DS has been considered an examination with similar accuracy to phlebography in the identification of venous reflux produced by valve insufficiency of the deep and superficial system and perforating veins or a combination of them.57 It can also detect small refluxes in isolated segments in asymptomatic patients, and also whether the reflux is located in veins above or below the knee or whether it extends through the whole limb. In the absence of deep venous obstruction, limbs with reflux restricted to veins above the knee rarely develop skin alterations or ulcers. The standard of reflux involving at least two venous systems (superficial and deep; superficial and perforating; superficial, perforating and deep) is found in around 2/3 of patients with skin alterations or ulcers.63 DS has been considered not only the most specific noninvasive examination, but also the most widely accepted by patients.

Neglen & Raju64 assessed reflux in 56 limbs of patients with venous insufficiency using DS compared with phlebography. DS positive predictive value was 77%, compared with 35-44% of descending phlebography, which confirms better accuracy of the former. Baker et al.65 compared the findings of reflux obtained by DS and ascending phlebography and concluded that DS was more sensitive to detect superficial and deep venous reflux and, at the thigh level, also allowed assessment of isolated segments with reflux, as well as great saphenous vein reflux.

Delis et al.66 used DS for hemodynamic assessment of perforating veins in venous insufficiency of the lower limbs. Results of the examinations were related to CEAP classification levels. The authors claimed that neither perforating vein diameter, nor reflux time and other hemodynamic parameters investigated had correlation with CEAP classes, which indicates that severity of venous insufficiency does not primarily depend on perforating vein function alone, but on multiple factors, occurring simultaneously in the venous system.

Engelhorn et al.,60 in a retrospective study in 500 limbs of 301 patients with primary varicose veins, performed DS examinations before the surgery, with the aim of analyzing a new classification of superficial venous insufficiency. The authors stressed the importance of standardizing the classification of superficial venous insufficiency for surgical planning, avoiding possible recurrences or unnecessary stripping of great saphenous veins.

DS is considered as the gold standard among noninvasive examinations, because it allows identifying and locating pathophysiological alterations, obstructions or refluxes, both in the DVS and in the superficial venous system. Over the past years, it has replaced phlebography in many of its indications.62 However, it requires much time, is examiner-dependent, needs more training time and has a high cost, since the equipment is more sophisticated and its maintenance is more expensive. For that reason, its use for long-term follow-up of patients with CVI is difficult, especially if follow-up examinations should be performed frequently.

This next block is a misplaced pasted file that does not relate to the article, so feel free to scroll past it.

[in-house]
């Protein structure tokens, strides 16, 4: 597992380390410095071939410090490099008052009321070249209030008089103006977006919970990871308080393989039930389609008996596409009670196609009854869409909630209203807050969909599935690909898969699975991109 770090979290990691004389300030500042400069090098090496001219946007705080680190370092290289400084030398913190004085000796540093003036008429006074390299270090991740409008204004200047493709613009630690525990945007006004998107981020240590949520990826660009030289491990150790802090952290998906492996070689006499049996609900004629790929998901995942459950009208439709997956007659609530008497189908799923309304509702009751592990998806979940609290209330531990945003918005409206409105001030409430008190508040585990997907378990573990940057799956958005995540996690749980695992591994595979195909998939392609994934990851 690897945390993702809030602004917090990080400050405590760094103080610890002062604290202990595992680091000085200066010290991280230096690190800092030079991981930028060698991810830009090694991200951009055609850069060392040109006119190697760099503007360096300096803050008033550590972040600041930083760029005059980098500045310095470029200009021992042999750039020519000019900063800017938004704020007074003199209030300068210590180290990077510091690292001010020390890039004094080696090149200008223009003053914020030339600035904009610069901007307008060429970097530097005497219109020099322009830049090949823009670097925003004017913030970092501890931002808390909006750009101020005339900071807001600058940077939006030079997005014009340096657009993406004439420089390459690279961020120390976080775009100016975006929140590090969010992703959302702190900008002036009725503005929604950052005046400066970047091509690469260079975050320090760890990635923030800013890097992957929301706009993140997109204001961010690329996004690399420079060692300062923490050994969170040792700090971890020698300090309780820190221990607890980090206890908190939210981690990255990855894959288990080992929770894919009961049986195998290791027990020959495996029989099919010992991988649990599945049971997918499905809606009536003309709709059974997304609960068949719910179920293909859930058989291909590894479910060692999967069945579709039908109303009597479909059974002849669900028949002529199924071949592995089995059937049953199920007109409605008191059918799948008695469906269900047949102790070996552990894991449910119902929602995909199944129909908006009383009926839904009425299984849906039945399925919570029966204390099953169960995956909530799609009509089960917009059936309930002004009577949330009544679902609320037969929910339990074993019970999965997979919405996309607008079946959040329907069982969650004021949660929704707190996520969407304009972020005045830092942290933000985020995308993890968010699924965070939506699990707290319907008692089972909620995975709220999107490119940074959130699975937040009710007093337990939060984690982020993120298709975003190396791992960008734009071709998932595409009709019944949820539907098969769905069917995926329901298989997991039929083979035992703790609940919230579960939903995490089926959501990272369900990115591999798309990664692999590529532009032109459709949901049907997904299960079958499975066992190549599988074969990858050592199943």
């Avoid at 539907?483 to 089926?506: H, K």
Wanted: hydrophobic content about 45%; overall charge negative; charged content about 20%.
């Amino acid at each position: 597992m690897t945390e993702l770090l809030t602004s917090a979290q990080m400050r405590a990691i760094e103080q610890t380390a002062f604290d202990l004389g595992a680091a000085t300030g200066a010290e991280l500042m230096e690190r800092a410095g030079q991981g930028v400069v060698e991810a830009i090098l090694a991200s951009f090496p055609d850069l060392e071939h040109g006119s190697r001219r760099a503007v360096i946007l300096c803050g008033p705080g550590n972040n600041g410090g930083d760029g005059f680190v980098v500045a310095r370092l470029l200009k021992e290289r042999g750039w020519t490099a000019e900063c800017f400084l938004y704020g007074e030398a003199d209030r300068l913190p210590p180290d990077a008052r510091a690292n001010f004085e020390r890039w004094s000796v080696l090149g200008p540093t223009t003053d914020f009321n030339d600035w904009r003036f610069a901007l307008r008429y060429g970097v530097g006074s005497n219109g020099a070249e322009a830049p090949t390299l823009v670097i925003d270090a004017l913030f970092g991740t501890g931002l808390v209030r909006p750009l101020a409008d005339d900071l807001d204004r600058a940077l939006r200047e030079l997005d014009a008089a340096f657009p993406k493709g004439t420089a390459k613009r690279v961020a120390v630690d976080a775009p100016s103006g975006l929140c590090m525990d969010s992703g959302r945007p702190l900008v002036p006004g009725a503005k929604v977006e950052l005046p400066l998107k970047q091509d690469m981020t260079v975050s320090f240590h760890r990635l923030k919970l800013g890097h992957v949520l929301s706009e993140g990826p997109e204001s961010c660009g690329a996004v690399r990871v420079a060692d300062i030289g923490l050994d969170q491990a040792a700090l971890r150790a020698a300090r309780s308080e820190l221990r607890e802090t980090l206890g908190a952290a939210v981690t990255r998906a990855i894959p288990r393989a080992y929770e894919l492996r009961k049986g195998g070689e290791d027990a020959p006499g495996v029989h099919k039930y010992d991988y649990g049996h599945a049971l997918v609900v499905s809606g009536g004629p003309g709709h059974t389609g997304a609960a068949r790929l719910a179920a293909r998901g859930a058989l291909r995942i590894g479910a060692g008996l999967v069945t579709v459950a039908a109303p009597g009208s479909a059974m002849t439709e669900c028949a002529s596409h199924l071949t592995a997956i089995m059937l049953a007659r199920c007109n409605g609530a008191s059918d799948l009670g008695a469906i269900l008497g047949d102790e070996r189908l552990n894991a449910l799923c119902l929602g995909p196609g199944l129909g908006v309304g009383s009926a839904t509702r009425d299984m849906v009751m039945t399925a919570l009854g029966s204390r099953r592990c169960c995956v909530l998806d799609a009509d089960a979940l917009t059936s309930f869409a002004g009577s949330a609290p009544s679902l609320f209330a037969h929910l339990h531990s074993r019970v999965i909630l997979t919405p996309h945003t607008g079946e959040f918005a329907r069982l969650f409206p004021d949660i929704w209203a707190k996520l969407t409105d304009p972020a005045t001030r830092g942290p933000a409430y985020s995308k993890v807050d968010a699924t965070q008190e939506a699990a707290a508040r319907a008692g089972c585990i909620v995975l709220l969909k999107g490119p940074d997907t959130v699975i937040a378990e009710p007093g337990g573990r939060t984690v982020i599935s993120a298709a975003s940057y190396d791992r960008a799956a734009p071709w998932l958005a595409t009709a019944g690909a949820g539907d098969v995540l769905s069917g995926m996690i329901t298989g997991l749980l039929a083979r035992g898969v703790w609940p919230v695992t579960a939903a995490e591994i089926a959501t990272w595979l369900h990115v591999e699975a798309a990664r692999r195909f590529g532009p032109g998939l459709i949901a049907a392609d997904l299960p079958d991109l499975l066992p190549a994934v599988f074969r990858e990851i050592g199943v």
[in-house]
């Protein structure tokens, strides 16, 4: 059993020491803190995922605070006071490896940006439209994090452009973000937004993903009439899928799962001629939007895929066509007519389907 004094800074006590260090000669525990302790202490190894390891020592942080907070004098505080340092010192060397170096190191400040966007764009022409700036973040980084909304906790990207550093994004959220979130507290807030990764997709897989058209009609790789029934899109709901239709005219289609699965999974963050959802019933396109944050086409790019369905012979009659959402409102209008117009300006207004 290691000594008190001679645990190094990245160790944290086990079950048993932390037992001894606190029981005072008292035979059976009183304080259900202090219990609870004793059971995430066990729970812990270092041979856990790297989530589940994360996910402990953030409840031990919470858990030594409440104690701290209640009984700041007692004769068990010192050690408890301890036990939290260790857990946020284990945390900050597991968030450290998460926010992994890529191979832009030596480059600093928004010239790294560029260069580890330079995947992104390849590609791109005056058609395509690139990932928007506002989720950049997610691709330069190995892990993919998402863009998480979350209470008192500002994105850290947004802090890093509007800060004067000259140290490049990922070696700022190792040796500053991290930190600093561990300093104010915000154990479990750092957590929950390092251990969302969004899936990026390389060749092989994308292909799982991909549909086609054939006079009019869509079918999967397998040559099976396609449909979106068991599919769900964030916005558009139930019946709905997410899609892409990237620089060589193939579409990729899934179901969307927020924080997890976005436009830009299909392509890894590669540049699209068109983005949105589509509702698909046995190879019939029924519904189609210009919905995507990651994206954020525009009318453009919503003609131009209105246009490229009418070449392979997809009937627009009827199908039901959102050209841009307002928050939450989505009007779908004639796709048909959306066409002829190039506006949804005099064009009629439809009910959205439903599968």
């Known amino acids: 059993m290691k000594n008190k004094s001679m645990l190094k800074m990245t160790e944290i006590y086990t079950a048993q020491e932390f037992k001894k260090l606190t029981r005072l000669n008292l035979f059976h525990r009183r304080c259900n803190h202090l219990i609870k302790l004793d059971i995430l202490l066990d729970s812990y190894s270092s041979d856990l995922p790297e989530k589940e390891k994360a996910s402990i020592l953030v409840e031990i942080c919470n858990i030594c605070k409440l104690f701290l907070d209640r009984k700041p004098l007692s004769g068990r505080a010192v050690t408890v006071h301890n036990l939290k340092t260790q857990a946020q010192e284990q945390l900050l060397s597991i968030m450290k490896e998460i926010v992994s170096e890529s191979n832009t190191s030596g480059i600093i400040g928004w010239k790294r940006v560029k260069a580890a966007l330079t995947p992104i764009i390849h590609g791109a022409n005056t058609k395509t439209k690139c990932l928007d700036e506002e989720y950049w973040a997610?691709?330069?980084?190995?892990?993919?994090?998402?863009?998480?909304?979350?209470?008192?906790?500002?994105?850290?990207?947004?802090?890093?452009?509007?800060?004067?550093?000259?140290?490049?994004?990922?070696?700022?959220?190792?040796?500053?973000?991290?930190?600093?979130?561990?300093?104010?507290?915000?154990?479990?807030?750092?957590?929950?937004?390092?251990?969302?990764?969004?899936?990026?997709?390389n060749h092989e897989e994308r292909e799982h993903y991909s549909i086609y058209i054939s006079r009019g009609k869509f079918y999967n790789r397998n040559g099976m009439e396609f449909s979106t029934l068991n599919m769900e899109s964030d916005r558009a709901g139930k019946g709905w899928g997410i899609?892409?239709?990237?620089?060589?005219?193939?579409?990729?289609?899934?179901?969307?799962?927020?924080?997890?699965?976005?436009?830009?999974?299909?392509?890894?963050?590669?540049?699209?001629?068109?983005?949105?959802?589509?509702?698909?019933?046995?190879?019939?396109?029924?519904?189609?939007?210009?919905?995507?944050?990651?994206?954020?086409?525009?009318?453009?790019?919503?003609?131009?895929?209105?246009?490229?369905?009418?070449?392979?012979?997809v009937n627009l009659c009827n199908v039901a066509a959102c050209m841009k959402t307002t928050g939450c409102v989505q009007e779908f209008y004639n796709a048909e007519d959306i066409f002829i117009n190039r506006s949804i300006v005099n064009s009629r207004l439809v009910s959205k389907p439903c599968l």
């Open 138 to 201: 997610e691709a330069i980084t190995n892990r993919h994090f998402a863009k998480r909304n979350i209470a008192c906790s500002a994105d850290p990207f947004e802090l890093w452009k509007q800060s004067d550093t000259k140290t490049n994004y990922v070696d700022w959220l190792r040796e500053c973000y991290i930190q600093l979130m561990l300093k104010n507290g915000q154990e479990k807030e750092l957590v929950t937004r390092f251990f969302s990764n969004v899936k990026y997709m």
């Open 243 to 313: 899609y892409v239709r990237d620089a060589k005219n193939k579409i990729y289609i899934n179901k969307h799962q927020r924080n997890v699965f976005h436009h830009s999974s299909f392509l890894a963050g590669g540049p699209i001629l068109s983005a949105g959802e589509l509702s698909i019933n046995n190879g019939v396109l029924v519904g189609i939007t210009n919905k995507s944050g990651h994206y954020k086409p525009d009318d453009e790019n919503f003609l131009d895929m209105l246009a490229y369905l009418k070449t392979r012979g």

Final considerations

Any noninvasive diagnostic test performed independently allows a complete assessment of all anatomic and functional parameters that should be considered in venous insufficiency of the lower limbs.

DS, which is considered the gold standard among noninvasive diagnostic methods for venous diseases of the lower limbs, is currently the most widely indicated because it allows qualitative and quantitative assessment. It provides both anatomic and functional information, thus allowing a more complete and detailed assessment of the venous system.

In cases in which it is not possible to perform DS, due to device inexistence or financial restrictions, practitioners should use PPG or APG to help diagnosis and follow-up of patients with venous disease. Such plethysmographies are a quite useful method to assess venous disease, as well as in the follow-up of lower limb surgeries.

 

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Correspondence:
Orlando Adas Saliba Jr.
Departamento de Cirurgia e Ortopedia
Faculdade de Medicina de Botucatu – UNESP
CEP 18618-970 – Botucatu, SP, Brazil
Tel.: +55 (14) 3811.6269
Fax: +55 (14) 3815.7428
Email: osalibajr@terra.com.br

Manuscript received November 9, 2006, accepted June 14, 2007.